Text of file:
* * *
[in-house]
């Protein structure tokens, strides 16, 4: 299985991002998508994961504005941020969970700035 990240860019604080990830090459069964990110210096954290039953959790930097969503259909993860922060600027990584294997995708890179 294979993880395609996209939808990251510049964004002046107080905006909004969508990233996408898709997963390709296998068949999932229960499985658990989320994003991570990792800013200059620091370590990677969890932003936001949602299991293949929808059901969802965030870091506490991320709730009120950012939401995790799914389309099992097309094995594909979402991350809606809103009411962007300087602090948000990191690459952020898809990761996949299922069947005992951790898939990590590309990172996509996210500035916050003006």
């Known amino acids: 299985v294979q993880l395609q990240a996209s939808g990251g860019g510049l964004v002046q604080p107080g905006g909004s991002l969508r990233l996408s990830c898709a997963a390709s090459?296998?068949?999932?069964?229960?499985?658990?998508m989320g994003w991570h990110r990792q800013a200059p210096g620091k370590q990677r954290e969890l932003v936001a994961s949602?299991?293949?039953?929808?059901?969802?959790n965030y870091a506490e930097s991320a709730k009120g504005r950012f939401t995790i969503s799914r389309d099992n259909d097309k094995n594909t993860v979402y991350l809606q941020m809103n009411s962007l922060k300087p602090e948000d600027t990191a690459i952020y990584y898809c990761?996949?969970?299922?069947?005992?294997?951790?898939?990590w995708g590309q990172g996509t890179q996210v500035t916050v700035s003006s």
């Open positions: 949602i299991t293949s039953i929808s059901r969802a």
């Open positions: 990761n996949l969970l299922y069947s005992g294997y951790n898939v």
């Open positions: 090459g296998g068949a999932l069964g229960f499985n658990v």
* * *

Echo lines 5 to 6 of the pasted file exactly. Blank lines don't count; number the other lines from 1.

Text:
């Open positions: 990761n996949l969970l299922y069947s005992g294997y951790n898939v």
């Open positions: 090459g296998g068949a999932l069964g229960f499985n658990v």